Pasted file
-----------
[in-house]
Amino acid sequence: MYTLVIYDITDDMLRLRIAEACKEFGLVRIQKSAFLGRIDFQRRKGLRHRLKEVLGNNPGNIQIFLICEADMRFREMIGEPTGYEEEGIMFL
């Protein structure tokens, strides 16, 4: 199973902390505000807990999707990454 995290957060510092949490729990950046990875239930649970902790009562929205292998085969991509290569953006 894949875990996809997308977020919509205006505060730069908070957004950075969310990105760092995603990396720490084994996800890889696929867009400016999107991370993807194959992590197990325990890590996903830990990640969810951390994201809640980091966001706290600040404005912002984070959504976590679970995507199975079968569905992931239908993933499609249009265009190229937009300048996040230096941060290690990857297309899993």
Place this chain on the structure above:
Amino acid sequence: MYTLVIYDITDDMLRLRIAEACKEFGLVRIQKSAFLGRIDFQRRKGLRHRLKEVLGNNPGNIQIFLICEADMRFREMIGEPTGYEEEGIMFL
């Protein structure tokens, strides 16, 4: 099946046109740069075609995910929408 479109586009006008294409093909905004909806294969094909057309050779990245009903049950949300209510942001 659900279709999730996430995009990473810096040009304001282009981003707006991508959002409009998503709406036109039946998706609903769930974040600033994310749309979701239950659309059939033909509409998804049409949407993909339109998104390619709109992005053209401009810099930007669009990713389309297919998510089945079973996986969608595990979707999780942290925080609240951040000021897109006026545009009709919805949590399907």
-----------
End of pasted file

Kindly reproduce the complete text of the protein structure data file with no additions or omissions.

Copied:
[in-house]
Amino acid sequence: MYTLVIYDITDDMLRLRIAEACKEFGLVRIQKSAFLGRIDFQRRKGLRHRLKEVLGNNPGNIQIFLICEADMRFREMIGEPTGYEEEGIMFL
């Protein structure tokens, strides 16, 4: 199973902390505000807990999707990454 995290957060510092949490729990950046990875239930649970902790009562929205292998085969991509290569953006 894949875990996809997308977020919509205006505060730069908070957004950075969310990105760092995603990396720490084994996800890889696929867009400016999107991370993807194959992590197990325990890590996903830990990640969810951390994201809640980091966001706290600040404005912002984070959504976590679970995507199975079968569905992931239908993933499609249009265009190229937009300048996040230096941060290690990857297309899993």
Place this chain on the structure above:
Amino acid sequence: MYTLVIYDITDDMLRLRIAEACKEFGLVRIQKSAFLGRIDFQRRKGLRHRLKEVLGNNPGNIQIFLICEADMRFREMIGEPTGYEEEGIMFL
């Protein structure tokens, strides 16, 4: 099946046109740069075609995910929408 479109586009006008294409093909905004909806294969094909057309050779990245009903049950949300209510942001 659900279709999730996430995009990473810096040009304001282009981003707006991508959002409009998503709406036109039946998706609903769930974040600033994310749309979701239950659309059939033909509409998804049409949407993909339109998104390619709109992005053209401009810099930007669009990713389309297919998510089945079973996986969608595990979707999780942290925080609240951040000021897109006026545009009709919805949590399907």